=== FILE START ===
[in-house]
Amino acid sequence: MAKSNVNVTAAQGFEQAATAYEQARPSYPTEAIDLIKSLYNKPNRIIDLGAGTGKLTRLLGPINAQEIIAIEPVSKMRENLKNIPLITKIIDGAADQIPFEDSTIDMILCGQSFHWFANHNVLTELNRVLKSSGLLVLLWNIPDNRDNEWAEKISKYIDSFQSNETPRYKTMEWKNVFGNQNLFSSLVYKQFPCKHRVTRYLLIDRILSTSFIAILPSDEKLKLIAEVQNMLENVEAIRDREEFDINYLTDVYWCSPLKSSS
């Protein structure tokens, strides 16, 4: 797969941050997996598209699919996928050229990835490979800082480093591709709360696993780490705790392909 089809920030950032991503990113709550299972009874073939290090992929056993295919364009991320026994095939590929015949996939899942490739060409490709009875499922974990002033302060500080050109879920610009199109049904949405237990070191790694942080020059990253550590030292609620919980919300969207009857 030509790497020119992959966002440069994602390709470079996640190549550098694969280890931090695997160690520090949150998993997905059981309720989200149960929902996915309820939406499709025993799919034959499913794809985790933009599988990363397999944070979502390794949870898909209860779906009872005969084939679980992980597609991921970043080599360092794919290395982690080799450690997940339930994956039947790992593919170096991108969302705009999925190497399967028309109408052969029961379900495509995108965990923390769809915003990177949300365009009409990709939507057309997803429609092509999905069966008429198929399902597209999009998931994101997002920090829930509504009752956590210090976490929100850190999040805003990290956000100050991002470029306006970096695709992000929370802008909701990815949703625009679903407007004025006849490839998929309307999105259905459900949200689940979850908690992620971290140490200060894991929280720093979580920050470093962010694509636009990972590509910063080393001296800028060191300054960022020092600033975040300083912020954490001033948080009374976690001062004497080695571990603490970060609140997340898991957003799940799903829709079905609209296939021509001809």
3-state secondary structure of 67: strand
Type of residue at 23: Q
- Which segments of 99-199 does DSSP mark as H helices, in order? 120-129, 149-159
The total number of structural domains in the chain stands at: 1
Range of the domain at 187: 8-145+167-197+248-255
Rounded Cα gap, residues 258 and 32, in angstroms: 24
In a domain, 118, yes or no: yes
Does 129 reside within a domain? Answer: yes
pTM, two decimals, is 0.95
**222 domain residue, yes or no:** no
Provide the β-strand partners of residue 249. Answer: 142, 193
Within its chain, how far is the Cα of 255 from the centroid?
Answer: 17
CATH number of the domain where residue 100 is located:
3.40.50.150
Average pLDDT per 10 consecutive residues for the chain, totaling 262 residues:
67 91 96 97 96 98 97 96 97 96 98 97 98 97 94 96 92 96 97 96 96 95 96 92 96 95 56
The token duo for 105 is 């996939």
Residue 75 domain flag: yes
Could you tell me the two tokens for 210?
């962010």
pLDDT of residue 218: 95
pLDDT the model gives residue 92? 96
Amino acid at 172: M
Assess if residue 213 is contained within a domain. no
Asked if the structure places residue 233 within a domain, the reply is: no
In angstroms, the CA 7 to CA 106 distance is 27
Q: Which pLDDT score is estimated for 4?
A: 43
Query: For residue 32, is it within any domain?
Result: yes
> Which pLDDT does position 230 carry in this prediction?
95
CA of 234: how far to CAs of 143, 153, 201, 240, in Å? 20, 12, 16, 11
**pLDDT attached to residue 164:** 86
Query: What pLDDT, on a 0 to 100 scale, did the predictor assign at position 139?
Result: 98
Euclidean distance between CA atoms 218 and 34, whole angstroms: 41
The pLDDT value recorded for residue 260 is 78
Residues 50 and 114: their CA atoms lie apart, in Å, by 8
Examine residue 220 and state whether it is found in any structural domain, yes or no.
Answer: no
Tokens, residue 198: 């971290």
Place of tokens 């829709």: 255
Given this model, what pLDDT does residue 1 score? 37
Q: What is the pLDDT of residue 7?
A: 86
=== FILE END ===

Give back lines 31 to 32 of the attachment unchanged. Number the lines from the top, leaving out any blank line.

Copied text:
Q: Which pLDDT score is estimated for 4?
A: 43